Friday – November 11th

8:00 AM – 9:00 AM
Breakfast | Location: Ballroom
9:00 AM – 10:15 AM
Military Students Panel | Location: Ballroom

Scott Hutchison, Western Kentucky University
Ryan McQueary, KCTCS
Philip Parsons, Western Kentucky University
Moderator: Julie Uranis, Western Kentucky University

Join us for a panel discussion exploring the impact online education has on current and former military students – how online courses and programs make higher education accessible to active military and how the access to higher education influences the lives of these students. Panel participants will share their experiences learning at a distance in challenging situations and utilizing institutional online resources.

10:30 AM – 11:15 AM
Concurrent Sessions

Location: Room 138
Instructional Design
Pedagogy, Technology and Content Knowledge; How the Three Interrelate to Provide Positive Learning Experiences

Randy Deere – Western Kentucky University, Yury Borukhovich – eTextink, and Ken Wright – University of Alabama

This presentation will focus on the connection between pedagogy, technology and content knowledge. The presenters will show how each area (pedagogy, technology and content knowledge) are linked to the other to provide best practices through the development of e-learning modules such as e-books and mobile apps. The presenters will provide a demonstration of an e-book, mobile app and the accessibility features the eTextlink platform provides for the content. Also, a demonstration of how these teaching and learning strategies are incorporated into a traditional and online class will follow. Educational opportunities are enhanced through greater accessibility via online curricula and various e-Learning formats. While an instructor can teach using proper pedagogy, technology can be used to make learning accessible for all. It takes a collaboration of both worlds to make the learning experience truly great. By leveraging the right technology an instructor can make sure the content can be accessed by everyone who needs and wants it.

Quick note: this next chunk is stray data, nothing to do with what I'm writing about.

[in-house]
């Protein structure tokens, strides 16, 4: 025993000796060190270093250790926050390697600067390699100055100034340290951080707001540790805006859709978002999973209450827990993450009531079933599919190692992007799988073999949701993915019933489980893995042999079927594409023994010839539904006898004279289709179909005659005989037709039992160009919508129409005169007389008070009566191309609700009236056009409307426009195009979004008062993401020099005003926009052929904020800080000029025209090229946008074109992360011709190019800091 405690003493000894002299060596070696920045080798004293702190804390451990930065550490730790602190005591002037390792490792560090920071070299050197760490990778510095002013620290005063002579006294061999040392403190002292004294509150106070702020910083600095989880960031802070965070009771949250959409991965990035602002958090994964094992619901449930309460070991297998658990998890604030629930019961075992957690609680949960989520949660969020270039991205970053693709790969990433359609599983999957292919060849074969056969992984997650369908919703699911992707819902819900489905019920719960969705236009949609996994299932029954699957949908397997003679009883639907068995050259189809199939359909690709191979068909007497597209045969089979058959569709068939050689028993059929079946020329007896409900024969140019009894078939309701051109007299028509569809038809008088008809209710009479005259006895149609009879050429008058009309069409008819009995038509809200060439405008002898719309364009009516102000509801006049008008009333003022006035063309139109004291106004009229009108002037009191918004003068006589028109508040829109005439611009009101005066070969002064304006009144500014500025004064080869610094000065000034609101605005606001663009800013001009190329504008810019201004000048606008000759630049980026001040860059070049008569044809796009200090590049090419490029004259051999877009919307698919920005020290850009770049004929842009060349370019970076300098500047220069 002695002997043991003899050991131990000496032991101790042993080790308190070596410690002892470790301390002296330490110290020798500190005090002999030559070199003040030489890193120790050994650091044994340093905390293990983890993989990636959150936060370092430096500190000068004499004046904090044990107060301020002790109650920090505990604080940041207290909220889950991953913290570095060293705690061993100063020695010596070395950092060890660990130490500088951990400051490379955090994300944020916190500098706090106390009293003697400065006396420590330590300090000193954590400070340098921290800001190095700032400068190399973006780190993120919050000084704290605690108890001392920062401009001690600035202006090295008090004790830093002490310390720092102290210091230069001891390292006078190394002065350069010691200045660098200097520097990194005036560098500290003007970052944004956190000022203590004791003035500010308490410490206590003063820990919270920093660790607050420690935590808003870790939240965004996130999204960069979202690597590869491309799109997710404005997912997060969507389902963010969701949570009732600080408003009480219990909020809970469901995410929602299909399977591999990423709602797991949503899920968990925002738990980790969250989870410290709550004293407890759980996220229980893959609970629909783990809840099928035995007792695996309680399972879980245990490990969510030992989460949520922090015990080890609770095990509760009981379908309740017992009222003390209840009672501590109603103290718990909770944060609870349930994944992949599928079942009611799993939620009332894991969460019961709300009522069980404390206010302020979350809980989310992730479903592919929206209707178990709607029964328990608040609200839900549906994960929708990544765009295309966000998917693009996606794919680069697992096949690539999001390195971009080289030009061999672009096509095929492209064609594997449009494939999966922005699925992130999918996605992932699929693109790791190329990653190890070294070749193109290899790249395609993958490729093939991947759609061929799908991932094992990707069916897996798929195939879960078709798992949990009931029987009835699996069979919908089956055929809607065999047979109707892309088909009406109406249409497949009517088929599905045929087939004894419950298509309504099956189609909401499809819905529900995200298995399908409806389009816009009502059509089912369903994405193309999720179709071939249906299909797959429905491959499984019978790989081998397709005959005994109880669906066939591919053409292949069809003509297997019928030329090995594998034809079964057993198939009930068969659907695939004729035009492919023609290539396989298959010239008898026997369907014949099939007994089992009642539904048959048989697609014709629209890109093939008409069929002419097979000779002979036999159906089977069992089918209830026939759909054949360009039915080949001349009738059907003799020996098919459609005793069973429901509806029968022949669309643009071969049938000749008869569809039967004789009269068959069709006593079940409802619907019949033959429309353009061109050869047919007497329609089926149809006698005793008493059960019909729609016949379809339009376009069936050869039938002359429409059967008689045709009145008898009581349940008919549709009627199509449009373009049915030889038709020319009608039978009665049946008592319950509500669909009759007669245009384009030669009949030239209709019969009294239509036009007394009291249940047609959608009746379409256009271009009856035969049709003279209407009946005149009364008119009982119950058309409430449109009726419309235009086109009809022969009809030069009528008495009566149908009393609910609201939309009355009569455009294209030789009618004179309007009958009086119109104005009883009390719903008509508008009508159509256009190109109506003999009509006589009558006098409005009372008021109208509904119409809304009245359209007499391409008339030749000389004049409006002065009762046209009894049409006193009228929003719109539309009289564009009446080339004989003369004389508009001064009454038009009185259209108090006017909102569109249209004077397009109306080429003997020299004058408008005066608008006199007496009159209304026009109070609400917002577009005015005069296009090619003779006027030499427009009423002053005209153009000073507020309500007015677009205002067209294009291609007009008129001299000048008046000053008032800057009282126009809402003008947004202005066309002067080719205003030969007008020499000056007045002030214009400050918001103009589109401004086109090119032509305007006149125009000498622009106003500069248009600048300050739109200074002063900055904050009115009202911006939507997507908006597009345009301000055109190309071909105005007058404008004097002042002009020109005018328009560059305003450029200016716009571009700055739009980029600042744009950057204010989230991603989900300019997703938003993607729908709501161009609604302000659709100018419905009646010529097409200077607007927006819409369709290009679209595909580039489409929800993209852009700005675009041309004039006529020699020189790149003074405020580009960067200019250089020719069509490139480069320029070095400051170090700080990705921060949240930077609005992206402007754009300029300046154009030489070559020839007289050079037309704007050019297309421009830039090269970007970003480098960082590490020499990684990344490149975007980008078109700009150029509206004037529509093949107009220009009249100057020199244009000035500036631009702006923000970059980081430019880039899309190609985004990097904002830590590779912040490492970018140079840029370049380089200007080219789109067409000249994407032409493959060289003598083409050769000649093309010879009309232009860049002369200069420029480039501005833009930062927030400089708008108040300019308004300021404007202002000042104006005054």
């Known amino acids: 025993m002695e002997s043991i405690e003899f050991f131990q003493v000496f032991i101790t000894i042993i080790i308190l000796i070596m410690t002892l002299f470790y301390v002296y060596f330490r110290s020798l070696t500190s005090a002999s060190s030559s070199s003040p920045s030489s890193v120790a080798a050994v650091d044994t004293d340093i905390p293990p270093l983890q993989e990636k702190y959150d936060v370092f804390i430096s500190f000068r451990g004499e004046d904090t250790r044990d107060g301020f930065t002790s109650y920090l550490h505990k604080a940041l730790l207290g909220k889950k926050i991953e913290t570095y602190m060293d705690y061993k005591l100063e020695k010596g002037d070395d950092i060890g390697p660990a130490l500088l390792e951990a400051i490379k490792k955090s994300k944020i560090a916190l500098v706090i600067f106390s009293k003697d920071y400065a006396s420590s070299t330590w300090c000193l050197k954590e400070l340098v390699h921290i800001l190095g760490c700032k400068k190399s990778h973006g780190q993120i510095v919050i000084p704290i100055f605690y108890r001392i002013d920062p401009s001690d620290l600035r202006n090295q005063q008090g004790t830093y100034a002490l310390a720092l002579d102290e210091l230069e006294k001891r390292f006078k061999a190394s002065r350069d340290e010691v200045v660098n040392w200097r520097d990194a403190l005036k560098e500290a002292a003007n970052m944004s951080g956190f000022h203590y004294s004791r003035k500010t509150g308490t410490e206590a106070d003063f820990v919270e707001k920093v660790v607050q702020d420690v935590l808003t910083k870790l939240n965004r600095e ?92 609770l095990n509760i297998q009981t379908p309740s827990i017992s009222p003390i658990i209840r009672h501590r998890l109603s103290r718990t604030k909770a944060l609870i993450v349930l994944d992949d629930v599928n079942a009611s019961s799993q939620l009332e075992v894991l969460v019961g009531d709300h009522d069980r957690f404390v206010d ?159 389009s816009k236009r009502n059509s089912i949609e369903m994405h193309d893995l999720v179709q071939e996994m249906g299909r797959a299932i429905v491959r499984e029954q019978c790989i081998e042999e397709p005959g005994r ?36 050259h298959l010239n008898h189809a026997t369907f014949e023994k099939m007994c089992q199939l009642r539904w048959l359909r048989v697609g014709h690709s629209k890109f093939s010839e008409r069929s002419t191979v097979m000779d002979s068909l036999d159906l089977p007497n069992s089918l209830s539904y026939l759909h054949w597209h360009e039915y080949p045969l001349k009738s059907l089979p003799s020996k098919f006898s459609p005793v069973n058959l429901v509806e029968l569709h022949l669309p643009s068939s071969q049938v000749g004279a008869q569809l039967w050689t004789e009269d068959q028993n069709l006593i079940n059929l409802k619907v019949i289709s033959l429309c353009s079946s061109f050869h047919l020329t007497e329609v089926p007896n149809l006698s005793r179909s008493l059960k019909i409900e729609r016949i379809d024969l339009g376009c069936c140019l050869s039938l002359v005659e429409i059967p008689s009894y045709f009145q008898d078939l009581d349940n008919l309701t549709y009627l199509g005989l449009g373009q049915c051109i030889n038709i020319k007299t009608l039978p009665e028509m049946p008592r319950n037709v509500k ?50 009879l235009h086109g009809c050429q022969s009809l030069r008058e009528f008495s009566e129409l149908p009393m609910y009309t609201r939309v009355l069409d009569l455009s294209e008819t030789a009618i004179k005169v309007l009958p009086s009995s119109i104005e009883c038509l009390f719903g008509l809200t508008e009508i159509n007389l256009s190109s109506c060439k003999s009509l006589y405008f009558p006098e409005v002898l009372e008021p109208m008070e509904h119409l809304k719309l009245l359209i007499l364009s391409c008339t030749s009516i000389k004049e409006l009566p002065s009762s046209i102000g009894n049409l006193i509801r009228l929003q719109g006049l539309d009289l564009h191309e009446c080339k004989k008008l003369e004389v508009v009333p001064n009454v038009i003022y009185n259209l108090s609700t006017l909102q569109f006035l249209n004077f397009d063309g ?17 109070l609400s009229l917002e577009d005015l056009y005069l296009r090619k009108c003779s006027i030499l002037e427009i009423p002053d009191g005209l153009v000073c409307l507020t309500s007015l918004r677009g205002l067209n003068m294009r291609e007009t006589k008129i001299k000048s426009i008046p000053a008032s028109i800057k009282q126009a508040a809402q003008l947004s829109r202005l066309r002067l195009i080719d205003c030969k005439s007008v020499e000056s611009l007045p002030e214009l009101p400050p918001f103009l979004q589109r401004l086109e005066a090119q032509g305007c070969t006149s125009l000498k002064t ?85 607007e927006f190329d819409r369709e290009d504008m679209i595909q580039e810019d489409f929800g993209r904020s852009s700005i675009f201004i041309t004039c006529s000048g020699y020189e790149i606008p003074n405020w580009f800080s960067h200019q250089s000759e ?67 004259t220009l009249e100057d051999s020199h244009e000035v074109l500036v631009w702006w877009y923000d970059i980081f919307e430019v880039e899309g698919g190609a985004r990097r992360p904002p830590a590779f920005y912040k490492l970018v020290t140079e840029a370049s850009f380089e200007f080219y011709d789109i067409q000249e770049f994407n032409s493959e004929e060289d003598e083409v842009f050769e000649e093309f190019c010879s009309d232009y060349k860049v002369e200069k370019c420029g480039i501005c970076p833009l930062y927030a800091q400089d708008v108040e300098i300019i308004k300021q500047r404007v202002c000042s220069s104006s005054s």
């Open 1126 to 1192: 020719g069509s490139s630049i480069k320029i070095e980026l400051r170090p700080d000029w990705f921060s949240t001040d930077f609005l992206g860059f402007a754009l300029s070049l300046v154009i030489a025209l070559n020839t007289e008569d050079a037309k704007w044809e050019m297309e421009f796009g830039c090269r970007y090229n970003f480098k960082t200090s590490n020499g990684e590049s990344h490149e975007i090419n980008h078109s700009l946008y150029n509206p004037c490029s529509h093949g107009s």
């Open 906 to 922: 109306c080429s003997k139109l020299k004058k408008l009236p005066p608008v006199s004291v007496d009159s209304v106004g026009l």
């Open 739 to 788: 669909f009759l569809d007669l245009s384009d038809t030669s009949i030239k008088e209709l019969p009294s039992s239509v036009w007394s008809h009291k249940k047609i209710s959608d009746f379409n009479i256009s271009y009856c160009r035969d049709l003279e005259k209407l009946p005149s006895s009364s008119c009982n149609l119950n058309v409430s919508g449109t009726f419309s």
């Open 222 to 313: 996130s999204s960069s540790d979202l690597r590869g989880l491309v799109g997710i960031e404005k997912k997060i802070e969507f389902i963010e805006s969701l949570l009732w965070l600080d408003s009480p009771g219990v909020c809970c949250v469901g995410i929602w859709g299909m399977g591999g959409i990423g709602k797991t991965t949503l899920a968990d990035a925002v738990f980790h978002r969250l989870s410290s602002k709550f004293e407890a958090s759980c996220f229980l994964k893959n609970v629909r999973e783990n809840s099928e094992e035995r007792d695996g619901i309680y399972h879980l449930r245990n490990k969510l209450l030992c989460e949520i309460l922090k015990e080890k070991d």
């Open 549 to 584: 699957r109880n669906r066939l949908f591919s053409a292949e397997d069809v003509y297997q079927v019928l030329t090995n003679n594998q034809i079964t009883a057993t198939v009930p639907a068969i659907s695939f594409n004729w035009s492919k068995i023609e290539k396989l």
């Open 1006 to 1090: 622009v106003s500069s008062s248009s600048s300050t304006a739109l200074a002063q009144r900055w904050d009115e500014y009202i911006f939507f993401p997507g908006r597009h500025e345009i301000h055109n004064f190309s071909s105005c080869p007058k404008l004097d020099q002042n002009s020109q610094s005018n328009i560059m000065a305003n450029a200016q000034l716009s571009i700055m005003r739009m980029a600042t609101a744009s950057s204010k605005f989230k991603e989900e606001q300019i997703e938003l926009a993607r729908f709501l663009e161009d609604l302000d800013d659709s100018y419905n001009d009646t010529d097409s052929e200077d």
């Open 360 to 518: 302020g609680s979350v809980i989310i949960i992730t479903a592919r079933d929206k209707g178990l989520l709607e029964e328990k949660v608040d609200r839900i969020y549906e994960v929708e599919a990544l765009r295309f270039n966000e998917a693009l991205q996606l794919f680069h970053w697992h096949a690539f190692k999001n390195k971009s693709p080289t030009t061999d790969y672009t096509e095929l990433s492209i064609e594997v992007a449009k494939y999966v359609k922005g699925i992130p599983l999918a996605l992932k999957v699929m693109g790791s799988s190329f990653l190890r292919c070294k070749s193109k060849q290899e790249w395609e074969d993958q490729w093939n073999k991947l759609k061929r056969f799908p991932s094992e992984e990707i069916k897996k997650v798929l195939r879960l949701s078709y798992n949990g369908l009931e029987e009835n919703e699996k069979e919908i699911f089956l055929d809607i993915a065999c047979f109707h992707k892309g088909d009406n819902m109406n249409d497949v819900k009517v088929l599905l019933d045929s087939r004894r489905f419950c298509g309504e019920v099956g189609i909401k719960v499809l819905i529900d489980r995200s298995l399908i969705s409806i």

Location: Room 113
Instructional Design
Losing the Red Pen: Screencasting Feedback and Substantive Faculty Interaction

Paige Brooks-Jeffiers – KCTCS

How does an online instructor promote interaction with distance learning students she may never meet? Are there tools that bridge the distance gap and virtually create student/facilitator interaction and yet are not too difficult to achieve? Online classes often present hard-to-verify issues of substantive faculty interaction. This is especially true when deploying online classes that are created in the CBE model. This session will demonstrate the ease of using free digital screen-casting for authentic assessment feedback in a fully online course or an online CBE course. Participants will gain skills on how to provide students with video feedback that becomes a reusable learning object for students and offers a more personalized interaction between student and instructor. Facilitator will demonstrate in real-time how to use video feedback for assessment in a Blackboard course.